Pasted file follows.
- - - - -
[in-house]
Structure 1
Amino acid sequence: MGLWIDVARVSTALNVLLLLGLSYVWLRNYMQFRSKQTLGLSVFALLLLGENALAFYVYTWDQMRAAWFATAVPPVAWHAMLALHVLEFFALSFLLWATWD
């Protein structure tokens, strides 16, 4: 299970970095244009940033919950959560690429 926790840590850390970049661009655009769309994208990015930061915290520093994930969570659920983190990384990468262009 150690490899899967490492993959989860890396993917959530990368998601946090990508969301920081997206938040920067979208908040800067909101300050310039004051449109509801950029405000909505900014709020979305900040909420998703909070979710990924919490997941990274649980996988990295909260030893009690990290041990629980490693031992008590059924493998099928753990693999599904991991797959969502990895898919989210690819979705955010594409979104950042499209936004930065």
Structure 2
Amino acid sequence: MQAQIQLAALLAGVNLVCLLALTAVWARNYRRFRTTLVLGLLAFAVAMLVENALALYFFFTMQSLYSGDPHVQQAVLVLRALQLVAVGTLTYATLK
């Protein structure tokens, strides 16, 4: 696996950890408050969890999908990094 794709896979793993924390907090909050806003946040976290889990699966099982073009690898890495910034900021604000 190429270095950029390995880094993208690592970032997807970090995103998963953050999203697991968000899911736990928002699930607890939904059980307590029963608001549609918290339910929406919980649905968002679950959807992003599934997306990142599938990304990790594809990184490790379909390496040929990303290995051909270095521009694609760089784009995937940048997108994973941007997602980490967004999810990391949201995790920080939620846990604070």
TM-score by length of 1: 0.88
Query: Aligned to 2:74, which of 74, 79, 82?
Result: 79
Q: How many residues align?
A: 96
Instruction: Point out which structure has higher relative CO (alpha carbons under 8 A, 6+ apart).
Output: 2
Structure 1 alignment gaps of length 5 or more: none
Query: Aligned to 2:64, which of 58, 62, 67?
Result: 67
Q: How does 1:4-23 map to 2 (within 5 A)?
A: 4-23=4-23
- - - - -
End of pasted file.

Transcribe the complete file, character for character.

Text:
[in-house]
Structure 1
Amino acid sequence: MGLWIDVARVSTALNVLLLLGLSYVWLRNYMQFRSKQTLGLSVFALLLLGENALAFYVYTWDQMRAAWFATAVPPVAWHAMLALHVLEFFALSFLLWATWD
């Protein structure tokens, strides 16, 4: 299970970095244009940033919950959560690429 926790840590850390970049661009655009769309994208990015930061915290520093994930969570659920983190990384990468262009 150690490899899967490492993959989860890396993917959530990368998601946090990508969301920081997206938040920067979208908040800067909101300050310039004051449109509801950029405000909505900014709020979305900040909420998703909070979710990924919490997941990274649980996988990295909260030893009690990290041990629980490693031992008590059924493998099928753990693999599904991991797959969502990895898919989210690819979705955010594409979104950042499209936004930065």
Structure 2
Amino acid sequence: MQAQIQLAALLAGVNLVCLLALTAVWARNYRRFRTTLVLGLLAFAVAMLVENALALYFFFTMQSLYSGDPHVQQAVLVLRALQLVAVGTLTYATLK
């Protein structure tokens, strides 16, 4: 696996950890408050969890999908990094 794709896979793993924390907090909050806003946040976290889990699966099982073009690898890495910034900021604000 190429270095950029390995880094993208690592970032997807970090995103998963953050999203697991968000899911736990928002699930607890939904059980307590029963608001549609918290339910929406919980649905968002679950959807992003599934997306990142599938990304990790594809990184490790379909390496040929990303290995051909270095521009694609760089784009995937940048997108994973941007997602980490967004999810990391949201995790920080939620846990604070």
TM-score by length of 1: 0.88
Query: Aligned to 2:74, which of 74, 79, 82?
Result: 79
Q: How many residues align?
A: 96
Instruction: Point out which structure has higher relative CO (alpha carbons under 8 A, 6+ apart).
Output: 2
Structure 1 alignment gaps of length 5 or more: none
Query: Aligned to 2:64, which of 58, 62, 67?
Result: 67
Q: How does 1:4-23 map to 2 (within 5 A)?
A: 4-23=4-23